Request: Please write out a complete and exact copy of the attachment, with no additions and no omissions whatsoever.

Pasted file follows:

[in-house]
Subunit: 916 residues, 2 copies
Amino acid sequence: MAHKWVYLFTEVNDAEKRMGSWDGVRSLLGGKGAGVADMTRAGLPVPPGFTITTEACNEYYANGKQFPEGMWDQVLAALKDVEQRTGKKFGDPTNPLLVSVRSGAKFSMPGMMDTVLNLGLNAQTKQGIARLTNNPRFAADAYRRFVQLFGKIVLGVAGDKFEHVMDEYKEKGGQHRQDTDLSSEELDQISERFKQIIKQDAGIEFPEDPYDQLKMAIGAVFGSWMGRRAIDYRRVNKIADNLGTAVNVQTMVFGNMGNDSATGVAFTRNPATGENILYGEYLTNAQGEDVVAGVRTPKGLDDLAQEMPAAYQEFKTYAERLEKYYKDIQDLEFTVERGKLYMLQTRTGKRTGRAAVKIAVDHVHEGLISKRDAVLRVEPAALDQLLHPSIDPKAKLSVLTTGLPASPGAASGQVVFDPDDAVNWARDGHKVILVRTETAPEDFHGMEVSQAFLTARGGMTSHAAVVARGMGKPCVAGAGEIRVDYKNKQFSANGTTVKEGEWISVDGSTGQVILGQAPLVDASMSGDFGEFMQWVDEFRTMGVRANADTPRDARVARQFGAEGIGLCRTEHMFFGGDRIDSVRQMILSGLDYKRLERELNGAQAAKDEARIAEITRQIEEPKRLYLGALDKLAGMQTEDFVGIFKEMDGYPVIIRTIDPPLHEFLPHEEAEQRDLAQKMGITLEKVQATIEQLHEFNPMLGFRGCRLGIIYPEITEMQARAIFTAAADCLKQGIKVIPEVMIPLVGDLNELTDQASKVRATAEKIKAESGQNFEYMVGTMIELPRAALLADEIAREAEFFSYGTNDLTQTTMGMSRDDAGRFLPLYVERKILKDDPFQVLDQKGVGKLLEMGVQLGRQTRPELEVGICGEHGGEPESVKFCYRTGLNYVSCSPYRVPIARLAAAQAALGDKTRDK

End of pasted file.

[in-house]
Subunit: 916 residues, 2 copies
Amino acid sequence: MAHKWVYLFTEVNDAEKRMGSWDGVRSLLGGKGAGVADMTRAGLPVPPGFTITTEACNEYYANGKQFPEGMWDQVLAALKDVEQRTGKKFGDPTNPLLVSVRSGAKFSMPGMMDTVLNLGLNAQTKQGIARLTNNPRFAADAYRRFVQLFGKIVLGVAGDKFEHVMDEYKEKGGQHRQDTDLSSEELDQISERFKQIIKQDAGIEFPEDPYDQLKMAIGAVFGSWMGRRAIDYRRVNKIADNLGTAVNVQTMVFGNMGNDSATGVAFTRNPATGENILYGEYLTNAQGEDVVAGVRTPKGLDDLAQEMPAAYQEFKTYAERLEKYYKDIQDLEFTVERGKLYMLQTRTGKRTGRAAVKIAVDHVHEGLISKRDAVLRVEPAALDQLLHPSIDPKAKLSVLTTGLPASPGAASGQVVFDPDDAVNWARDGHKVILVRTETAPEDFHGMEVSQAFLTARGGMTSHAAVVARGMGKPCVAGAGEIRVDYKNKQFSANGTTVKEGEWISVDGSTGQVILGQAPLVDASMSGDFGEFMQWVDEFRTMGVRANADTPRDARVARQFGAEGIGLCRTEHMFFGGDRIDSVRQMILSGLDYKRLERELNGAQAAKDEARIAEITRQIEEPKRLYLGALDKLAGMQTEDFVGIFKEMDGYPVIIRTIDPPLHEFLPHEEAEQRDLAQKMGITLEKVQATIEQLHEFNPMLGFRGCRLGIIYPEITEMQARAIFTAAADCLKQGIKVIPEVMIPLVGDLNELTDQASKVRATAEKIKAESGQNFEYMVGTMIELPRAALLADEIAREAEFFSYGTNDLTQTTMGMSRDDAGRFLPLYVERKILKDDPFQVLDQKGVGKLLEMGVQLGRQTRPELEVGICGEHGGEPESVKFCYRTGLNYVSCSPYRVPIARLAAAQAALGDKTRDK